What is a Sick out?

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  • Written By: Mary McMahon
  • Edited By: O. Wallace
  • Last Modified Date: 04 September 2019
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A sick out or sickout is a form of organized labor action in which employees call in sick en masse as a form of protest. If enough employees participate, a sick out can interrupt the daily operations of the target company or agency, drawing attention to the issues the workers would like to see addressed. While sick out could be considered a form of strike, it is not quite the same thing as a strike, and labor unions may or may not be involved.

There are several reasons to choose to call a sick out, rather than actively striking. In a workplace where people are not protected by a union, a sick out can be used to lobby for better working conditions and benefits, and to indicate that the workers are united about the issue, even if they are not formally unionized. In unionized workplaces, sick outs can be used to get around laws which specifically prohibit sick outs by employees in key industries, or to indicate that employees are willing to strike, if necessary.


For employers, a sick out can be more problematic than a strike, in some ways, because a sick out classically occurs without any warning, and while it may only last a day or two, it can wreak havoc on business operations. When a strike occurs, it is only after prolonged negotiations and multiple warnings that a strike is imminent, giving employers every possible chance to avert the strike by addressing the concerns of the workers and their union.

You may also hear a sick out referred to as “blue flu” in the case of uniformed police officers who stage a sick out. For employees, a sick out can sometimes be a dangerous gamble. They must rely on each other to follow through on the plans to stage a sick out, because if everyone is not on board, employees who do call in sick may find themselves fired or otherwise penalized, especially if they cannot provide documentation which shows that they were sick. A company may also view a sick out as a manipulative tactic, and refuse to consider the demands of the workers as a result.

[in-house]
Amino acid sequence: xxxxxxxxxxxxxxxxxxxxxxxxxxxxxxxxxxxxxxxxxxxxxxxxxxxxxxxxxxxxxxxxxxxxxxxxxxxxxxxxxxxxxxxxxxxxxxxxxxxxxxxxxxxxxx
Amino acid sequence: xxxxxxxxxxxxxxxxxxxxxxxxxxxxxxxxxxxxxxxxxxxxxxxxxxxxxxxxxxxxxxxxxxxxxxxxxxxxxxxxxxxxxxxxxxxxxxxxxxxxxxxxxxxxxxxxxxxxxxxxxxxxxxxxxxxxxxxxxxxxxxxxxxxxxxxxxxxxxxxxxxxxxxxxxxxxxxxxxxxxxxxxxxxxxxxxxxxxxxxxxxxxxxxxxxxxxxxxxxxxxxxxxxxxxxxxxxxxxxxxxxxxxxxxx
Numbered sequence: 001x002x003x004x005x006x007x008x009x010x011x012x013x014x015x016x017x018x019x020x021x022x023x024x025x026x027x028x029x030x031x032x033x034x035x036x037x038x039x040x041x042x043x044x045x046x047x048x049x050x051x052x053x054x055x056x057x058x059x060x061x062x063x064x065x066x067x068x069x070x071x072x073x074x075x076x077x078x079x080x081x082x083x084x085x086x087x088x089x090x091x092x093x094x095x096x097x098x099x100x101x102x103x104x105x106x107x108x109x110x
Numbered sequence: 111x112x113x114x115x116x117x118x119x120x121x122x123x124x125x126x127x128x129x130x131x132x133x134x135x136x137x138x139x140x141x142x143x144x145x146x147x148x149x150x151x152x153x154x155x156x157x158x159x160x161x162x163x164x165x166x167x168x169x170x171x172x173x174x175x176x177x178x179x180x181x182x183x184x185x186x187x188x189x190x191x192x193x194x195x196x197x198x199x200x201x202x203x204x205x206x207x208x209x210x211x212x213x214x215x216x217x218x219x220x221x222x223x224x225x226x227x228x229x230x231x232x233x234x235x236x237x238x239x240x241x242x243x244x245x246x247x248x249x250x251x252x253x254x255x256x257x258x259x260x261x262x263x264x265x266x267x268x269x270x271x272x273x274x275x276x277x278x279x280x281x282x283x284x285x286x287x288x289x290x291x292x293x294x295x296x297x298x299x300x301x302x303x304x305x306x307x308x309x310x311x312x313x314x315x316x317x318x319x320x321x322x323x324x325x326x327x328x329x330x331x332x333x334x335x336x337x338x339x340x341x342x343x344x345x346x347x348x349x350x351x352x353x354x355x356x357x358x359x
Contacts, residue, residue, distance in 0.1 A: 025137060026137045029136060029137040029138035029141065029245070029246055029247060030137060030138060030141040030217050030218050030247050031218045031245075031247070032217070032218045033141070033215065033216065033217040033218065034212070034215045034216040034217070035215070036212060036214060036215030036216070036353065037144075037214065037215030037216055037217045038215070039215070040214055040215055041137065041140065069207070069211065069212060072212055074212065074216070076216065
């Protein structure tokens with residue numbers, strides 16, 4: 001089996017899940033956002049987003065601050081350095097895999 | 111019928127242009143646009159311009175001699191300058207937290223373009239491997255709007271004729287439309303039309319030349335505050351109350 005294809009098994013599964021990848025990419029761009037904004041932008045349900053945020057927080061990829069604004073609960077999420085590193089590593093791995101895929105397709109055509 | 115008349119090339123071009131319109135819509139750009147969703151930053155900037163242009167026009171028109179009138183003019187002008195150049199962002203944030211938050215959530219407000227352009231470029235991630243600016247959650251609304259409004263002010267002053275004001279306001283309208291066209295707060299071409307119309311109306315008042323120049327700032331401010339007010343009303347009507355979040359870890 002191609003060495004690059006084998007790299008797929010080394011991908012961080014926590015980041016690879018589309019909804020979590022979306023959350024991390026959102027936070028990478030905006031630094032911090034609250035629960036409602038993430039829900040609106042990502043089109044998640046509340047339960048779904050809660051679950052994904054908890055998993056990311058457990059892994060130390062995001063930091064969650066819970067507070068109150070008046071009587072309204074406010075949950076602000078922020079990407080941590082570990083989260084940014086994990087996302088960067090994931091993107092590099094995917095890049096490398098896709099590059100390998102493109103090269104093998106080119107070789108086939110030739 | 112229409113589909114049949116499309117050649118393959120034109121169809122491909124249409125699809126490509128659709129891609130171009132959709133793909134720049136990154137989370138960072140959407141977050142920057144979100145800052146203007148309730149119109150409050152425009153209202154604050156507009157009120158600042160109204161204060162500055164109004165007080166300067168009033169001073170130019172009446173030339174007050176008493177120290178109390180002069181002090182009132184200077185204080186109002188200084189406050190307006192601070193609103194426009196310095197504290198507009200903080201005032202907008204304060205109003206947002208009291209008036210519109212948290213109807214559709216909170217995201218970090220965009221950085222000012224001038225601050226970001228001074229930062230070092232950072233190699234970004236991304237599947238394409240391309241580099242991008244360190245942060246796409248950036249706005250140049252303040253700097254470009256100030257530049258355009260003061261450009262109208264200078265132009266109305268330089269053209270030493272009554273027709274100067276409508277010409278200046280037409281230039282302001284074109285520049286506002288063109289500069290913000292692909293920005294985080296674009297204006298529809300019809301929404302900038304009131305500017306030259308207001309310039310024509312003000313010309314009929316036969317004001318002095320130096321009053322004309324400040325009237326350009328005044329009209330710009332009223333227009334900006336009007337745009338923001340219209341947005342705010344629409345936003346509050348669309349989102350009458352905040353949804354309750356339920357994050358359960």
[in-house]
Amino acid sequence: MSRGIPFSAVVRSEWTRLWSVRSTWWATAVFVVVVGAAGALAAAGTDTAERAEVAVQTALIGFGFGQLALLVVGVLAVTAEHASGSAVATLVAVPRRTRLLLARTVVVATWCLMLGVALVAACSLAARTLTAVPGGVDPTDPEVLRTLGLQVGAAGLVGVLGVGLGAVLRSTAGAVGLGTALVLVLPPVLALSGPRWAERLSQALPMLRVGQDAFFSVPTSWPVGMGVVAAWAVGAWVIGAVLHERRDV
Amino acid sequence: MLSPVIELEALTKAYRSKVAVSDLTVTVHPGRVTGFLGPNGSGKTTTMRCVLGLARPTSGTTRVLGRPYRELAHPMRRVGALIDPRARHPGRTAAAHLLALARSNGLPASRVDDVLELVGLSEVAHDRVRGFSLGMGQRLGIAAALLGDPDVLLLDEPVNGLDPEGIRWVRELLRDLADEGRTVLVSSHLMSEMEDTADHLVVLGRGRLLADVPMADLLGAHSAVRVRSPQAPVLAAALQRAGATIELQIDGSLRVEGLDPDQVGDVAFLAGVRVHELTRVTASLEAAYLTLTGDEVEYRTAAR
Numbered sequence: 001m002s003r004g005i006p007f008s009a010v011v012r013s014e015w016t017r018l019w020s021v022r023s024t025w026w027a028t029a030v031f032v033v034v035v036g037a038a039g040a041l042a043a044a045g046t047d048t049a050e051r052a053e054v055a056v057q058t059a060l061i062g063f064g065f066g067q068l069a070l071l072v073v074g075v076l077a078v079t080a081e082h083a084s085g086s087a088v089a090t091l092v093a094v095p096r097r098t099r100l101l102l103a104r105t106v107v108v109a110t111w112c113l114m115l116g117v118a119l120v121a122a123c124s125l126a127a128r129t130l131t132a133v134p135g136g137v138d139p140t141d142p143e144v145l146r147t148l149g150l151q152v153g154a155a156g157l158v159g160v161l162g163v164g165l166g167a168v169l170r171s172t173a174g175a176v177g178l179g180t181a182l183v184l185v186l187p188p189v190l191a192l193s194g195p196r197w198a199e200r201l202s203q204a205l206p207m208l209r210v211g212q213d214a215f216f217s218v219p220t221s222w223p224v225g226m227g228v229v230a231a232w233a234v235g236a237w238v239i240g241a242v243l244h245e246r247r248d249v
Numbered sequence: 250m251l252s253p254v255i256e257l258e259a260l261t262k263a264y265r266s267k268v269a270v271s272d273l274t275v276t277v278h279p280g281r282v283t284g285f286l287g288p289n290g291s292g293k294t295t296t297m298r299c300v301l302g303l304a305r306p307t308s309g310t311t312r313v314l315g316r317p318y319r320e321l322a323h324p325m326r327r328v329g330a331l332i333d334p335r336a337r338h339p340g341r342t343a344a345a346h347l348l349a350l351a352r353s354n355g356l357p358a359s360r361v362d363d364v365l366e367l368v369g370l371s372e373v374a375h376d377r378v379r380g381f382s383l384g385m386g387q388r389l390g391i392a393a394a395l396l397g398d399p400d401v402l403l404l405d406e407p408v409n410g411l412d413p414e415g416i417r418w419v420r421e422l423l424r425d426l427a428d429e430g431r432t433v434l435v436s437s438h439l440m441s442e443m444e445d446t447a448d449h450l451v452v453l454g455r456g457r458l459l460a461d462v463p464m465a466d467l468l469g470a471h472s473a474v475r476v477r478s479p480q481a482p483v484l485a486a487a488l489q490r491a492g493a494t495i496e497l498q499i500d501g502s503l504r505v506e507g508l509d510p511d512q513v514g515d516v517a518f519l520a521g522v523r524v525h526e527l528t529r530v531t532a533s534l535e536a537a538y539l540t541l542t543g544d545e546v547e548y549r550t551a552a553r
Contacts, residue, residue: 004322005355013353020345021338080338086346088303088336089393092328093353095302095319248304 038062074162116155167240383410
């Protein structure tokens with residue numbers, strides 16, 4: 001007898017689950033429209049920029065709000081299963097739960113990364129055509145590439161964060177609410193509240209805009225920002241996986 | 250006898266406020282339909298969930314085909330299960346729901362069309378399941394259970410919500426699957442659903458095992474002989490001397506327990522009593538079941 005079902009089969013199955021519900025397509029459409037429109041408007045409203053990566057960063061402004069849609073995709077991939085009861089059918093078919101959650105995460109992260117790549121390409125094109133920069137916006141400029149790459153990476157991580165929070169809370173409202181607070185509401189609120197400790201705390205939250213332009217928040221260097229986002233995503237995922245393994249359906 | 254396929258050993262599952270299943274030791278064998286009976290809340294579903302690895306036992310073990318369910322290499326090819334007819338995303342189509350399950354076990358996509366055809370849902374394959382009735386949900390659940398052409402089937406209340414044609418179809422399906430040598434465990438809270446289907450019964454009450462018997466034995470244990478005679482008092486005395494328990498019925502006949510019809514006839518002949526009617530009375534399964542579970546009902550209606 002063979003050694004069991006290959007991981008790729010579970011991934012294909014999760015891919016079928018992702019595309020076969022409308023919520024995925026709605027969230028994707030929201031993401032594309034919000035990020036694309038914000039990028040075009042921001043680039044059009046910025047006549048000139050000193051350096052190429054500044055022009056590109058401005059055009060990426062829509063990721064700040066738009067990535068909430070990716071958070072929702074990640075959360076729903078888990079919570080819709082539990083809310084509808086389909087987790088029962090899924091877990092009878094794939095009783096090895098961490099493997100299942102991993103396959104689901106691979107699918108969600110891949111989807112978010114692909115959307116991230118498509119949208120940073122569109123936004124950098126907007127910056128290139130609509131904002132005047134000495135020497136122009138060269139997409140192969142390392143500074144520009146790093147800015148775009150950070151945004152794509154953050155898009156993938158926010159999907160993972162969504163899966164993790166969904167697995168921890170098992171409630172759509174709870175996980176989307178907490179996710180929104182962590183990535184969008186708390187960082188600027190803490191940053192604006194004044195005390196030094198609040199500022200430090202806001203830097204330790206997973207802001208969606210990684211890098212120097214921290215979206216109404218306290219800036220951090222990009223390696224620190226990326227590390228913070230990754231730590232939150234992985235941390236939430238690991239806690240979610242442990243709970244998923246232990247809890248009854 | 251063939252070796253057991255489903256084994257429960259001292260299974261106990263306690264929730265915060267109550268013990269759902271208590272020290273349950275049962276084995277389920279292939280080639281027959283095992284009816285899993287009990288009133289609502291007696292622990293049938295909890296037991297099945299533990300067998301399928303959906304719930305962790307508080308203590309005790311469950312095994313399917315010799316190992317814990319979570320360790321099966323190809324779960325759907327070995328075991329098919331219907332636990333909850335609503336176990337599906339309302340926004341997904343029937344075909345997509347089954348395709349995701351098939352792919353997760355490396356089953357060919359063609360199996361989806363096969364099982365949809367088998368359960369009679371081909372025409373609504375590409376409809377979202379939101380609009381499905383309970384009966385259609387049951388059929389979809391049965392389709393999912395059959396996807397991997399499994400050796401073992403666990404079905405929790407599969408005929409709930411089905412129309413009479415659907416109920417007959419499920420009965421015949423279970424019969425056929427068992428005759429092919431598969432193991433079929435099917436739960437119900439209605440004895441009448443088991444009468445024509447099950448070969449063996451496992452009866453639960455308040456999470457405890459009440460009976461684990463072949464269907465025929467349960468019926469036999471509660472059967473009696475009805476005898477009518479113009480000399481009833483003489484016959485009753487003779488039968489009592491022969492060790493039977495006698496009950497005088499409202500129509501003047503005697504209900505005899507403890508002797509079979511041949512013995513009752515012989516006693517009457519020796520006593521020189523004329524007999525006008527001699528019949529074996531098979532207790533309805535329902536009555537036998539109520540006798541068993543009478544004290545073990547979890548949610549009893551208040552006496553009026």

Sick outs often attract attention from the general public. Depending on how workers and companies handle the publicity, this can be both good and bad. Many employers are quick to say that sick outs are irresponsible and dangerous, especially when they involve employees who are critical for health and safety, such as firefighters or air traffic controllers. Employees, on the other hand, might argue that the issues involved were so critical that the interruption was justified.


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Post 3

@pastanaga - I find it so disgusting that that's true at the moment for so many jobs. Job security when you're sick should be a human right. But I guess that's one of the things that people go on strikes in order to achieve.

Post 2

@Iluviaporos - I guess with the advent of email and the ease with which people can now communicate secretly about these kinds of things a sick out would be much easier to organize.

It would only really be effective in an industry where the workers need specialized training though. I've heard many stories about people who were genuinely sick and couldn't go into their retail job and were fired for it because there were so many people who could easily step into their place.

Even if the protest involved everyone in the store it would still be fairly easy to replace them and being sick wouldn't necessarily be a defense even if they could prove it.

Post 1

Usually if the workers involved in a strike or sick-out are for critical jobs like firefighters or doctors or whatever, they will be very careful to plan the event so that services aren't disrupted. I mean, if you become a firefighter in the first place, you probably care deeply about people and don't want to be responsible for any disasters.

Not to mention that if something bad happened as a result of the strike that would be very negative publicity and strikes often rely on public pressure and approval to be successful.

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